We propose that the Oxfordshire Plan should include healthy place-shaping as a standalone policy, to establish a framework that can apply across Oxfordshire for the design and master planning of major developments (as defined in the NPPF).
Example of the principles that a policy might usefully include are set out below:
Explicitly address the existing and projected health and wellbeing needs of an area and consider how existing community assets could be enhanced to help promote healthy life expectancy.
Help to reduce obesity and levels of physical inactivity through the provision of good-quality playing pitches, parks and open space, sports and active leisure facilities, and outdoor gyms that are accessible to all.
Provide opportunities for people to become more active through the design of street layout and public realm to encourage walking and cycling as priority modes of transport; create and enhance cycling and walking networks as well as ensure connectivity between new development, local services and facilities, access to parks and open spaces and public transport.
Reduce social isolation and loneliness through providing good-quality social community infrastructure which encourages opportunities for social interaction and helps to support the growth of friendly communities. Also, to create community development strategies which contain actions to encourage community cohesion, both within the development itself and between the new development and existing communities.
Secures access for those with disabilities. Make it easier for people to make healthier food choices by providing allotments and other opportunities for food growing such as community gardens, school allotments, community orchards, roof gardens, edible landscaping around new schools and housing developments involving fruit and nut trees and planting.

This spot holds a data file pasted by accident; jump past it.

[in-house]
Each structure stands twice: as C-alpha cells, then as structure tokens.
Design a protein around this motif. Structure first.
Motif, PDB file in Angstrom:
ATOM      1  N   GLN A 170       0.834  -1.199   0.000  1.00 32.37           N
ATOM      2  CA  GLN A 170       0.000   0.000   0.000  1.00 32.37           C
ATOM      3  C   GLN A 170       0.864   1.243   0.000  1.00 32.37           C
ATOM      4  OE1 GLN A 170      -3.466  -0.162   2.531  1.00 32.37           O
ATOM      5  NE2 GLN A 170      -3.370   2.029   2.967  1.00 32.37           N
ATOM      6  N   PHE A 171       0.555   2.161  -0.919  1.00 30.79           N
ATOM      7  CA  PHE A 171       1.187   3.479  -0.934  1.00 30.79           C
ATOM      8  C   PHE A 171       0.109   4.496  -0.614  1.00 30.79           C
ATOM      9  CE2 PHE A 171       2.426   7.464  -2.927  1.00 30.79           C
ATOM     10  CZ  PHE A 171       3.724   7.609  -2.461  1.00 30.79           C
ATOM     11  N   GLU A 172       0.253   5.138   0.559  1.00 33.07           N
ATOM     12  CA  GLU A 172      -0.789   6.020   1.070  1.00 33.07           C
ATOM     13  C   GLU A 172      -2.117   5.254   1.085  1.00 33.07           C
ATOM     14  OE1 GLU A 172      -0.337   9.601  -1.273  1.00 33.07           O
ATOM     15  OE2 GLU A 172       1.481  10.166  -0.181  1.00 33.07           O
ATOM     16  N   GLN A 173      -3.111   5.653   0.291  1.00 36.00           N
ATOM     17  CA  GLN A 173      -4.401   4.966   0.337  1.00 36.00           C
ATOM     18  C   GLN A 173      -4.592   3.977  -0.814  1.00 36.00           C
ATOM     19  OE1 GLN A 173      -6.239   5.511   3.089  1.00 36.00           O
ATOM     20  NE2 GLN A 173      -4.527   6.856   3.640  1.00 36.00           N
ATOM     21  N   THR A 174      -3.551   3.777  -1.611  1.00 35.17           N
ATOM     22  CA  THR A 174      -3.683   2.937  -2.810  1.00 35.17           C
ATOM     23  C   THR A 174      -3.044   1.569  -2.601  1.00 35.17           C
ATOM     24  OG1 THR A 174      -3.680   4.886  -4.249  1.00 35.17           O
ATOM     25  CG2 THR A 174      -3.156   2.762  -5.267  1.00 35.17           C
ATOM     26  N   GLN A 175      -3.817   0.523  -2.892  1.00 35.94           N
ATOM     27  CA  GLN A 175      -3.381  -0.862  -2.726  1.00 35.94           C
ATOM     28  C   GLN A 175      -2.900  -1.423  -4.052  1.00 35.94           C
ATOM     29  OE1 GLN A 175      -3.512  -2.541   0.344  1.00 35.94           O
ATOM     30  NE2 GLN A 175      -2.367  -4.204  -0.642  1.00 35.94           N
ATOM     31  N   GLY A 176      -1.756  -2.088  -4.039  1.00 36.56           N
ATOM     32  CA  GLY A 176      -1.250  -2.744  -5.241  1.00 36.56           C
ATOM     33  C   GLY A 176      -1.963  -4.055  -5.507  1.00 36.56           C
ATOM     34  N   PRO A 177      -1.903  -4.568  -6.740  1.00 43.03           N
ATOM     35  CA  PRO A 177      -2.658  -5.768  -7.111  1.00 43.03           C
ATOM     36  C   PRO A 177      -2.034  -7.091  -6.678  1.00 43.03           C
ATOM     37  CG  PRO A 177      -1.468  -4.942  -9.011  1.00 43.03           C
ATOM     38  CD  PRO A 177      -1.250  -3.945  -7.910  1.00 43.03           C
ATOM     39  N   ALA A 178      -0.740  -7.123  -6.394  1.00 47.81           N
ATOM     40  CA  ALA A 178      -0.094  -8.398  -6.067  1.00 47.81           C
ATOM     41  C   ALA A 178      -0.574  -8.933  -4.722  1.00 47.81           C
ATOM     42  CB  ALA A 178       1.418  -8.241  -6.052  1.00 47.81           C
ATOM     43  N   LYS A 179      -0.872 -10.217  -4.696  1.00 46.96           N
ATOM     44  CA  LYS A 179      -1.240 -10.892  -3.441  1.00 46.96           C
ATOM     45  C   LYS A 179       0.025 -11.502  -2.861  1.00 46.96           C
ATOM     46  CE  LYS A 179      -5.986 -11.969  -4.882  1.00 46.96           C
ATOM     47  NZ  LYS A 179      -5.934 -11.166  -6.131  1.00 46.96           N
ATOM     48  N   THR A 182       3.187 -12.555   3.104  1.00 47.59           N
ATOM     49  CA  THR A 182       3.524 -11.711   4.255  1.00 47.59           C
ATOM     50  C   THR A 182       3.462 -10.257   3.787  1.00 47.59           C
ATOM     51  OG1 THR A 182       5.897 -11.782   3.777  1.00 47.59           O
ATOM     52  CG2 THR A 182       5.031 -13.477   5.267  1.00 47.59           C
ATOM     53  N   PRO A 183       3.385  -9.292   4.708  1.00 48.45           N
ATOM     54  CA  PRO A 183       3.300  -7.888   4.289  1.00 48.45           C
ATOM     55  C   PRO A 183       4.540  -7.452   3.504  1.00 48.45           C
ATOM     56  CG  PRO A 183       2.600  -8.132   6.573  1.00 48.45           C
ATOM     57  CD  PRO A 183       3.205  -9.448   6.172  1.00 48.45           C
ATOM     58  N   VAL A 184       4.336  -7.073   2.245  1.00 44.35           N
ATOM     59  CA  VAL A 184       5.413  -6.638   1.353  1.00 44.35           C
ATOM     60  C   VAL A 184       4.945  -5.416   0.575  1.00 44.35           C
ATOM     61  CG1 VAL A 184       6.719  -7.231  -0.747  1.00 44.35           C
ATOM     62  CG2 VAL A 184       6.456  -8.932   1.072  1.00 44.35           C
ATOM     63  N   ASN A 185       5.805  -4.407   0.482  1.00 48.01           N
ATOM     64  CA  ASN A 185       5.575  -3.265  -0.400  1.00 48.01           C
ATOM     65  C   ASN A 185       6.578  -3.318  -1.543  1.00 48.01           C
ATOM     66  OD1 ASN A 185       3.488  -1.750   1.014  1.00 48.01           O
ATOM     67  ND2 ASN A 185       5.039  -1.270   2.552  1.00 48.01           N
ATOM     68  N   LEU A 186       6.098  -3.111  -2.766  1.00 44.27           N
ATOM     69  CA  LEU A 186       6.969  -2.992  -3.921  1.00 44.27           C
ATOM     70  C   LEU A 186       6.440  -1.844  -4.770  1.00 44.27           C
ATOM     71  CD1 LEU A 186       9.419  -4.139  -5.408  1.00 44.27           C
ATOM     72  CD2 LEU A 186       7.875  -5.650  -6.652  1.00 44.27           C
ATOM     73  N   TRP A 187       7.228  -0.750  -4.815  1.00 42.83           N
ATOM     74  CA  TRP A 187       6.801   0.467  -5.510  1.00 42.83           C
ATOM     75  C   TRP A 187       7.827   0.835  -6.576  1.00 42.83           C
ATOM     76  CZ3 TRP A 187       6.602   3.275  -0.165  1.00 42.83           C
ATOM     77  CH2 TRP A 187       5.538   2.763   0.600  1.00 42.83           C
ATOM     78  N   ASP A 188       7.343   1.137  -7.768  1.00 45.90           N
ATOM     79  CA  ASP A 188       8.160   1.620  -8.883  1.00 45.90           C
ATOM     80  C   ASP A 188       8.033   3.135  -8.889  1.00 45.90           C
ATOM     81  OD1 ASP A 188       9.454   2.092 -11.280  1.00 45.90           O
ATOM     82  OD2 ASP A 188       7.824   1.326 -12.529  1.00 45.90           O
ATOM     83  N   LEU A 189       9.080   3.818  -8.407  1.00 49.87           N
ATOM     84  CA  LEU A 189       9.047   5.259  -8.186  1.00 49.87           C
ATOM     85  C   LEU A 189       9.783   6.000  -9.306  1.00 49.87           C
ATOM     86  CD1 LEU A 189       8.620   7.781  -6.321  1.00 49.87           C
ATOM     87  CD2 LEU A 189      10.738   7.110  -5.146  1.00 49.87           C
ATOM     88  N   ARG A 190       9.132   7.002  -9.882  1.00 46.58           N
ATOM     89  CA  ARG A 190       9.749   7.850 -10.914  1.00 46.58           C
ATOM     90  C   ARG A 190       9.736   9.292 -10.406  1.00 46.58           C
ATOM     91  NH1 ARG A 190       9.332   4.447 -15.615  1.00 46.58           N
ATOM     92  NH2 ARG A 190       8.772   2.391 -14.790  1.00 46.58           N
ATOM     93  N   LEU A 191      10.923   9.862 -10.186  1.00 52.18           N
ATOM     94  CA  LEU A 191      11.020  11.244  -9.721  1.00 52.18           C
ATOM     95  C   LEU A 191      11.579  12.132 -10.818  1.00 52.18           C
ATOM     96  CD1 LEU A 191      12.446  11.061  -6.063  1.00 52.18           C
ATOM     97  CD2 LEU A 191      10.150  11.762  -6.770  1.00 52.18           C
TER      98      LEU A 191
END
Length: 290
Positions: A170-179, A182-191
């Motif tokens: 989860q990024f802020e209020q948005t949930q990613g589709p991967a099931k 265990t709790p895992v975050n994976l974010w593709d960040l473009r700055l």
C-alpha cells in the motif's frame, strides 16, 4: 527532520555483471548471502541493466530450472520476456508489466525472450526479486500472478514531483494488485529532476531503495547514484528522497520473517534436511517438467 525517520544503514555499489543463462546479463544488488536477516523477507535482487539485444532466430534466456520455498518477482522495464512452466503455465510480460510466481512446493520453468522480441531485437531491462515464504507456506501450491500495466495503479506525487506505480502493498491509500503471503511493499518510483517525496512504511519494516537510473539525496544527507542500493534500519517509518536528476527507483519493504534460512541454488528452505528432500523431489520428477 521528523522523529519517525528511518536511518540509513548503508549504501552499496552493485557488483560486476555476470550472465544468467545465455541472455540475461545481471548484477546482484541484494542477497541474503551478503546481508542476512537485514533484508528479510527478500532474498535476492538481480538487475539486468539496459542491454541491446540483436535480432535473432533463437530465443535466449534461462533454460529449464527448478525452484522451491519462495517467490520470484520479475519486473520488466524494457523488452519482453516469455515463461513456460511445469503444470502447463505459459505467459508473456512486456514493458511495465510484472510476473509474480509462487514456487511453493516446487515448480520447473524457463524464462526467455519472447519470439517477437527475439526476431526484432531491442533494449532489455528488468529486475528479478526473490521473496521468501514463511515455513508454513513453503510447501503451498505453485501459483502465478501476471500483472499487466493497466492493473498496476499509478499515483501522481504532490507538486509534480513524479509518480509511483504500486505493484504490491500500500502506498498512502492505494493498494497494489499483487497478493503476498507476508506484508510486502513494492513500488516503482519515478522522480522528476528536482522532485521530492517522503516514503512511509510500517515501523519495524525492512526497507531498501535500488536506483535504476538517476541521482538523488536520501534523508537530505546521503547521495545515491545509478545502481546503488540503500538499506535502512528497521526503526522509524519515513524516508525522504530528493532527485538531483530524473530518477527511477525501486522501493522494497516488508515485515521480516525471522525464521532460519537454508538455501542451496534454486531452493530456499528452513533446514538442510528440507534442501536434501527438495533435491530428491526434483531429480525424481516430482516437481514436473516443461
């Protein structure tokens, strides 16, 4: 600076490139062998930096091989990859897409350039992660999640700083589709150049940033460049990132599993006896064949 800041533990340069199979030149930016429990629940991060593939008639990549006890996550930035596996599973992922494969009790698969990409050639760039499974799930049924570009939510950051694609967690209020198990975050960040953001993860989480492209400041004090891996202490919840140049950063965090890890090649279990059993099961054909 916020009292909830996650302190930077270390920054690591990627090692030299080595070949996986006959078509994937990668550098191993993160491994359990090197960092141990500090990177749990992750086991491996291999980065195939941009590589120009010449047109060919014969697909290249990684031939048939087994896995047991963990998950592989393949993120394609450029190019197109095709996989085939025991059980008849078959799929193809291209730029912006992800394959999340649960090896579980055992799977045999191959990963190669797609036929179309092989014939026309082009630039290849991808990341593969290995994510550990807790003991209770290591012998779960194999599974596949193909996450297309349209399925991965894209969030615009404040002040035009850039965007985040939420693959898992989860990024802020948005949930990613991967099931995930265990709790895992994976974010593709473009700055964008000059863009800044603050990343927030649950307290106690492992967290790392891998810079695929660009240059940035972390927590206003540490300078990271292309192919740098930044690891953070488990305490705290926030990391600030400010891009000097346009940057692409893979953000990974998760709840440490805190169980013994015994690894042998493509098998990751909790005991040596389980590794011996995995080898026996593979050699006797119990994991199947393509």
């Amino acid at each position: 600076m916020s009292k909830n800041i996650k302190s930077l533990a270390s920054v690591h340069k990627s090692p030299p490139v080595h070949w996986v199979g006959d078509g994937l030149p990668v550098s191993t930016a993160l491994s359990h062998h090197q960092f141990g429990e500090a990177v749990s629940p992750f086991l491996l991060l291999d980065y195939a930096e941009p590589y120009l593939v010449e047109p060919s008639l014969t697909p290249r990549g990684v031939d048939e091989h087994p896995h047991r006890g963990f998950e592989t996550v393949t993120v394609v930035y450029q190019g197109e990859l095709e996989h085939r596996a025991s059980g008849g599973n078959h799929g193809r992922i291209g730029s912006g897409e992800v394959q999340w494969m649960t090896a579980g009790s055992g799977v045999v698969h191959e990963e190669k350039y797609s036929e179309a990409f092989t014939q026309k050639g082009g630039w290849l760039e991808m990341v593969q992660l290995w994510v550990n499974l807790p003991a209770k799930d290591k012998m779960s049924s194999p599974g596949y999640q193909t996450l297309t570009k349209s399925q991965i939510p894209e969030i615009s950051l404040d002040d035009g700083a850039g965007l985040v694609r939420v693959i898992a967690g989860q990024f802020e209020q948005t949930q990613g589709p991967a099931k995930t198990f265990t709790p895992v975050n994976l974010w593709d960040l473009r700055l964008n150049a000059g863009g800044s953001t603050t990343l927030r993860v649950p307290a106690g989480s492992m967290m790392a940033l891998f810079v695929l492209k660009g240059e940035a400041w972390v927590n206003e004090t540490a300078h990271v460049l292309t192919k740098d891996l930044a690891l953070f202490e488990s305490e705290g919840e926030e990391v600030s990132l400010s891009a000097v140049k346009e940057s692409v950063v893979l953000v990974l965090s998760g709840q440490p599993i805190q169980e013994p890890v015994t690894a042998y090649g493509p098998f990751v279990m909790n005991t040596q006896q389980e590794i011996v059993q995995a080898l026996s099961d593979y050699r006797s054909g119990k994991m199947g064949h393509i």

Aim to improve air quality and reduce noise through locating and designing pollution generating land uses and roads to avoid adverse impacts on sensitive land uses. Provide diversity in the residential offer that improves accessibility, affordability and promotes inter-generational connectivity and lifetime neighbourhoods.
Design good quality buildings which are energy efficient and mitigate against the impacts of climate change. Create safe environments, addressing the fear and perception of crime, including improving safety for all road users.
It is also proposed that the Oxfordshire Plan includes a policy requiring the rapid Health Impact Assessment (HIA) for major developments in Oxfordshire, but the length and detail of the assessment should be proportionate to the scale and complexity of the proposed development.
A methodology and assessment checklist for carrying out rapid HIA of major development proposals (10 or more houses) has been prepared for Oxfordshire and has been published as the Oxfordshire Health Impact Assessment Toolkit.
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